NYC Elevation Map by kylemcdonald – Machine Halts FTW

Now...lets just see...where am I? Brooklyn!

MakerBot Artist-In-Residence Kyle McDonald is already an expert in mapping objects with point clouds given his extensive work on structured light and 3D scanning with a Kinect via Processing. But he is also exploring another kind of mapping — grabbing topological1 data and 3D printing it with a MakerBot Thing-O-Matic.

He’s not the first to attempt this — Lake and Mountain Topography and Mt Everest are other notable examples from the Thingiverse kingdom — but his hack makes the topography easier to read.

He uses the g-code command M1 machine halt2 to pause the print to give you time to switch filaments. The results are a two-color topography where the critical elevation gain above the bottom color of filament is easier to read. Works great for sea-level topography where the transition maps to an easy to understand reference elevation. ((Though I’d love to see some sea trenches!)

This hack only works on a “tethered” MakerBot printing RepG at the moment, but is worth the hassle:

  • The topographical data is freely available here.
  • Generate the STL with Kyle’s custom app here.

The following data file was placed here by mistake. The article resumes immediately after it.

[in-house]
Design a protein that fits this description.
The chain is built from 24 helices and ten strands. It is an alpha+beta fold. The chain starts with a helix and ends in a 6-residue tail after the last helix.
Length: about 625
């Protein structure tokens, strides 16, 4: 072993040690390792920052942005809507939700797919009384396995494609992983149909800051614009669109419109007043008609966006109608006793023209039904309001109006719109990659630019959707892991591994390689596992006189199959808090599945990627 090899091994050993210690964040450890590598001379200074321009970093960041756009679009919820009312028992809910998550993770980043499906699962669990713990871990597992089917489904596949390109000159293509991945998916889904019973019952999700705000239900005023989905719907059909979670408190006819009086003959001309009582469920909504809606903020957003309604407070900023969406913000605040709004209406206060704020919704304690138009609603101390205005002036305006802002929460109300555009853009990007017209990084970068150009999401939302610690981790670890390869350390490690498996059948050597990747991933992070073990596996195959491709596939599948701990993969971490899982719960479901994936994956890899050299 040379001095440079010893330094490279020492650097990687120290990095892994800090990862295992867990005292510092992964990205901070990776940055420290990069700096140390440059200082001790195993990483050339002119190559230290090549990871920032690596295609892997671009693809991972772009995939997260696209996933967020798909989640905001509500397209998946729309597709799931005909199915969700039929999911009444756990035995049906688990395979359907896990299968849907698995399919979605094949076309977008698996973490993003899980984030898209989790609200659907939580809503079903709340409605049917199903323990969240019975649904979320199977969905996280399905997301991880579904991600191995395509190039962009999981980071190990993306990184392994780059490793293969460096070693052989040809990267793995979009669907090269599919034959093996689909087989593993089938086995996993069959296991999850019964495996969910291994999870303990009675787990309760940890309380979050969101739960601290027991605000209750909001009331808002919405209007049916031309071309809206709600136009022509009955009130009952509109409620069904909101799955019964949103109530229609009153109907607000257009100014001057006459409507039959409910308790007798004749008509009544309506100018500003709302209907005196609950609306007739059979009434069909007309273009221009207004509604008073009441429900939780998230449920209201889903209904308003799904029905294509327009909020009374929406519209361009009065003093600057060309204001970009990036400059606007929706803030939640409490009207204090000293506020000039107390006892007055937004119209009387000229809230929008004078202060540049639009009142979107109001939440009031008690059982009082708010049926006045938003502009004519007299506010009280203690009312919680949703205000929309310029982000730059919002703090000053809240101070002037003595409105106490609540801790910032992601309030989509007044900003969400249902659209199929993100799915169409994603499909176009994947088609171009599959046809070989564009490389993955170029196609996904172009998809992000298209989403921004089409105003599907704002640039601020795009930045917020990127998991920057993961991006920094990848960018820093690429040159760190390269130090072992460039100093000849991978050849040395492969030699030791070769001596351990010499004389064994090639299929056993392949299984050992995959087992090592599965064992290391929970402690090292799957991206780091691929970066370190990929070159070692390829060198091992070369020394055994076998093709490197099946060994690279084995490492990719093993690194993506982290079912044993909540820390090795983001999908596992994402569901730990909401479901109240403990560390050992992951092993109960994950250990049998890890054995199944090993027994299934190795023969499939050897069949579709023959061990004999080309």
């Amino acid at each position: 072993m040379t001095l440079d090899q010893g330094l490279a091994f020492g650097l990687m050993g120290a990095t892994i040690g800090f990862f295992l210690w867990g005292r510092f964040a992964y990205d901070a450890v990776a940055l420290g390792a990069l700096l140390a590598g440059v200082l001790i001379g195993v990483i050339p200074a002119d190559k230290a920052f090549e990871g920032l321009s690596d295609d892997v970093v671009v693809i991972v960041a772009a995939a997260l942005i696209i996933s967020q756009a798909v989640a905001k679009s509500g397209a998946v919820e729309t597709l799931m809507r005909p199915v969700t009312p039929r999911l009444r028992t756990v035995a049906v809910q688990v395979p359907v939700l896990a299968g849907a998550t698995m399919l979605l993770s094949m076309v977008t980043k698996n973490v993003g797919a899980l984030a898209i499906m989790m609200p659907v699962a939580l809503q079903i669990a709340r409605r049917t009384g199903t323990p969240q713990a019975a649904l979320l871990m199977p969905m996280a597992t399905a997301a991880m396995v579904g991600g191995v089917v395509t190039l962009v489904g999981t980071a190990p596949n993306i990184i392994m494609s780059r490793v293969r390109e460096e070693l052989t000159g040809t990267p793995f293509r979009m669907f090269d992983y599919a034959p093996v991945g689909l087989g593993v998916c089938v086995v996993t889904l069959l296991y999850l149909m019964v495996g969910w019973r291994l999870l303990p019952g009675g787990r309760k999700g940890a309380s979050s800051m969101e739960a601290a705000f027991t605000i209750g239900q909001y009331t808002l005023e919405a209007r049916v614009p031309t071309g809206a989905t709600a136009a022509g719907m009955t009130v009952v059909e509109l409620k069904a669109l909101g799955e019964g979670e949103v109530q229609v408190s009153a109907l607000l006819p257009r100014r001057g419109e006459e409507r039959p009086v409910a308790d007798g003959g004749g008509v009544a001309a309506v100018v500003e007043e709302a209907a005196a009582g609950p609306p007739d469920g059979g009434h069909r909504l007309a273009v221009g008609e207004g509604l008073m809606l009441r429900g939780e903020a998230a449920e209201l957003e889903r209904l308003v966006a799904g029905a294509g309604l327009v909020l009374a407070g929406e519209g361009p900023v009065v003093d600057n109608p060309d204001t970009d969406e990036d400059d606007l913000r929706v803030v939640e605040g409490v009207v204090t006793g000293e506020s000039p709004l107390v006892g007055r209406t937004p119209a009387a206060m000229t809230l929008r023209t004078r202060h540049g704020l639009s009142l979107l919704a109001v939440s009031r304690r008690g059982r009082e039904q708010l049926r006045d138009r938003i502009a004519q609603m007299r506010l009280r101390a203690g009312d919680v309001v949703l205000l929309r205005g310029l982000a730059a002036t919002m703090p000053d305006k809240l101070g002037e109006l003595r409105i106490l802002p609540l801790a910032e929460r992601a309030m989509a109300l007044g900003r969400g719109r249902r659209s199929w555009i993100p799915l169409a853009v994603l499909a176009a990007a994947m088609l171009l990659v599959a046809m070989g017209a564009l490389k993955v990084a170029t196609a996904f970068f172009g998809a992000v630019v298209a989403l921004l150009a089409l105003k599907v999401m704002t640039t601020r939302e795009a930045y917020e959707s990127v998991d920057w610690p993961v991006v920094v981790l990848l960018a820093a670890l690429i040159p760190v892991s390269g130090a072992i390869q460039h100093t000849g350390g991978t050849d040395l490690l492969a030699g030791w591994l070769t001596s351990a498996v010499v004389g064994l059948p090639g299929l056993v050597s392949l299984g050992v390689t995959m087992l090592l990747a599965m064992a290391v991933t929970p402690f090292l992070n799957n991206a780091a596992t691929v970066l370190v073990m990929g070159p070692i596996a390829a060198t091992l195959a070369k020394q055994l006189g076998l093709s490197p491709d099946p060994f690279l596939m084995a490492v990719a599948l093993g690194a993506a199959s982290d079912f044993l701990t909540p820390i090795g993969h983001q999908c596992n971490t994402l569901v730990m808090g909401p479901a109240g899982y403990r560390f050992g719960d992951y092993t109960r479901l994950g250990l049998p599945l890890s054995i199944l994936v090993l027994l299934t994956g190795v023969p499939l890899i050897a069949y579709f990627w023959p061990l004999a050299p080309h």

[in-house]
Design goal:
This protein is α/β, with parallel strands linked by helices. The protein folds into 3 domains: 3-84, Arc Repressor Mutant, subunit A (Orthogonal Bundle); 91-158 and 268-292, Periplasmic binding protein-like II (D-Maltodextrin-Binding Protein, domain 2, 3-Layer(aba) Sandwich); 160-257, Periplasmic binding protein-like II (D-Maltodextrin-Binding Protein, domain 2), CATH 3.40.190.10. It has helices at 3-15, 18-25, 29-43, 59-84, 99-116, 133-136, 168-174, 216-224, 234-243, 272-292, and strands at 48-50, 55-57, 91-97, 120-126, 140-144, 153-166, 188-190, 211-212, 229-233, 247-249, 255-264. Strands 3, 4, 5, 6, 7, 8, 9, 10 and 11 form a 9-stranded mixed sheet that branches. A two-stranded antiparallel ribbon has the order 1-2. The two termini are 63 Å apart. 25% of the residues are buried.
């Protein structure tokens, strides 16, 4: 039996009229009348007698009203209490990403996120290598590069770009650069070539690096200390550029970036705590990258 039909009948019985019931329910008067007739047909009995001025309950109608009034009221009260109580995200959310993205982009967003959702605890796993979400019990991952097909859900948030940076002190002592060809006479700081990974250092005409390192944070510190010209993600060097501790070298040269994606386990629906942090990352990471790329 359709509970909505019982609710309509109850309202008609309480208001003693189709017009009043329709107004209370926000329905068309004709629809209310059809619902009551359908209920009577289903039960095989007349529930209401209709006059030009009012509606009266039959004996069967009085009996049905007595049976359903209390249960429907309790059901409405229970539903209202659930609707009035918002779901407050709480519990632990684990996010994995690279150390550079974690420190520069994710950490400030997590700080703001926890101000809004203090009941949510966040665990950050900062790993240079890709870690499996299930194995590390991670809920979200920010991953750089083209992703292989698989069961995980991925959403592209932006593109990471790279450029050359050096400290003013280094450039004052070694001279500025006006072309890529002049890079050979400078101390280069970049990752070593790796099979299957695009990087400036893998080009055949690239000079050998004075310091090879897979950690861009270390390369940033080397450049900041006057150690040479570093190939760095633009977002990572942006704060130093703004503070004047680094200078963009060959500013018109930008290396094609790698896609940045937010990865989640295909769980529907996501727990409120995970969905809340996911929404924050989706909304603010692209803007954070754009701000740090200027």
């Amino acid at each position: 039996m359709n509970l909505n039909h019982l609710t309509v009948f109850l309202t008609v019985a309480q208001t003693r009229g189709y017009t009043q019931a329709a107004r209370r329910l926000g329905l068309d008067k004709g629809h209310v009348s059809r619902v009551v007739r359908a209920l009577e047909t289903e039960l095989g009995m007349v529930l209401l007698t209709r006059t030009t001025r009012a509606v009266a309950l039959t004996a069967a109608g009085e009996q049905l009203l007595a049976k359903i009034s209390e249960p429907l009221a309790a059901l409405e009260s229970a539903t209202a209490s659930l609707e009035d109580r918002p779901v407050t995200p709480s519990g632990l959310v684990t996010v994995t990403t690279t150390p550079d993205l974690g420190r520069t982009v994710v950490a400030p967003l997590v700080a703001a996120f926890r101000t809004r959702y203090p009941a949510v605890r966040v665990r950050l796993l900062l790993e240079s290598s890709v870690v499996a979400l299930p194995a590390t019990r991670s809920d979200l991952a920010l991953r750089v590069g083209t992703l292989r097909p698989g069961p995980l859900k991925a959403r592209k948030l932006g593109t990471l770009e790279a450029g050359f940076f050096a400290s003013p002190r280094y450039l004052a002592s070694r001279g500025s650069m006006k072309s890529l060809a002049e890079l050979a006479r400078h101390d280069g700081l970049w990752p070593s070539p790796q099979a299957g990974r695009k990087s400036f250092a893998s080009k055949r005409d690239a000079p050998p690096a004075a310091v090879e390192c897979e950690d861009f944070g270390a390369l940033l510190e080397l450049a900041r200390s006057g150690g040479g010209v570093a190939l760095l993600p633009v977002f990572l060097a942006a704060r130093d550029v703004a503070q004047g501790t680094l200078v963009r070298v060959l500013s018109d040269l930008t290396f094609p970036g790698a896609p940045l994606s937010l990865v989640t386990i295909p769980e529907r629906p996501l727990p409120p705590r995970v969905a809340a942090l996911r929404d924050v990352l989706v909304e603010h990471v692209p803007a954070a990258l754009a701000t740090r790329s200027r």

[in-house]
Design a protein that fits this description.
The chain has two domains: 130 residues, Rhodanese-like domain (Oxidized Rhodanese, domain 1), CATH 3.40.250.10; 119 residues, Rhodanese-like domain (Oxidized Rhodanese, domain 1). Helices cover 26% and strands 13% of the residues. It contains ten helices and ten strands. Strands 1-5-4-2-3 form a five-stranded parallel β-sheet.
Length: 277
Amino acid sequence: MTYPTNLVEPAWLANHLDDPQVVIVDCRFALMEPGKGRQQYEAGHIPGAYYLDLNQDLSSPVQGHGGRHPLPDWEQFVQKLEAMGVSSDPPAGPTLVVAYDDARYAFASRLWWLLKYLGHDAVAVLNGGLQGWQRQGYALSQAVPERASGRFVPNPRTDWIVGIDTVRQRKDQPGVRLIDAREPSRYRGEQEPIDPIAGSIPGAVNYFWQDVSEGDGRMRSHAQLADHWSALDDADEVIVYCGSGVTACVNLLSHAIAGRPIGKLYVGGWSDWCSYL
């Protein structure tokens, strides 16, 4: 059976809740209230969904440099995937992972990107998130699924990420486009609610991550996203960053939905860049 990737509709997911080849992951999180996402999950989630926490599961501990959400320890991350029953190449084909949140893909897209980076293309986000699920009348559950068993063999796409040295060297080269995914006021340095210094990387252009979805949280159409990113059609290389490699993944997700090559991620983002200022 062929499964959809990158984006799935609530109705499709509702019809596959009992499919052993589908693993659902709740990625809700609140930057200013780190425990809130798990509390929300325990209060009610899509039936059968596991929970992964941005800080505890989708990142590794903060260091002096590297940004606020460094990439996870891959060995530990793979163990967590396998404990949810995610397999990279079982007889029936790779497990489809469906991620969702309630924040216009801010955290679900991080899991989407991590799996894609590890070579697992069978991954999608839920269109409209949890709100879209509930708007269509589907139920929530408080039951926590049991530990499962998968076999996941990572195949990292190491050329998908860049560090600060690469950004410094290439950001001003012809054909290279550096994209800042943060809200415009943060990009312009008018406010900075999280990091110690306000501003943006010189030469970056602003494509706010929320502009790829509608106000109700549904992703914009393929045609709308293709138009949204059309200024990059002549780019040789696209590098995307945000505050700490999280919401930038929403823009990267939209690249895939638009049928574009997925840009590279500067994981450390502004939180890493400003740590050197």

• Then search through the gcode for just before the M101 command for the first G1 command including the z-height where you’d like the transition, and drop an “M1” on its own line.
  • I’d suggest sandwiching a “20mm up, 20mm” down waiting position script around the M1 command to keep from oozing while you fiddle with the filament, but you should code to taste.
  • If there is an active M101 command you will be extruding while you switch filament! You need to find a sweet spot between an M103 and an M101.

Kyle was standing somewhere just above the thumb when he took this picture!

Error - could not find Thing 8611.
  1. From topology to topography []
  2. that might be vanishing as an option soon []
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One Comment so far

  • Dithermaster
    May 21, 2011 at 7:34 pm

    With constant RPM of the extruder motor, it’s a known amount of time from the top of the extruder to the bottom of the hot end. For my MK5 w/ DC motor, it’s 140 seconds. If ReplicatorG’s countdown timer is accurate, it could count down the seconds to a specific layer and tell you exactly when to snip the filament and insert the new one. The printing process never needs to stop. You could even have multiple color changes, and each would get a countdown.

    Here are two models I printed this way (although lacking a countdown timer, I had to guess):

    This would be a great addition to RepG…



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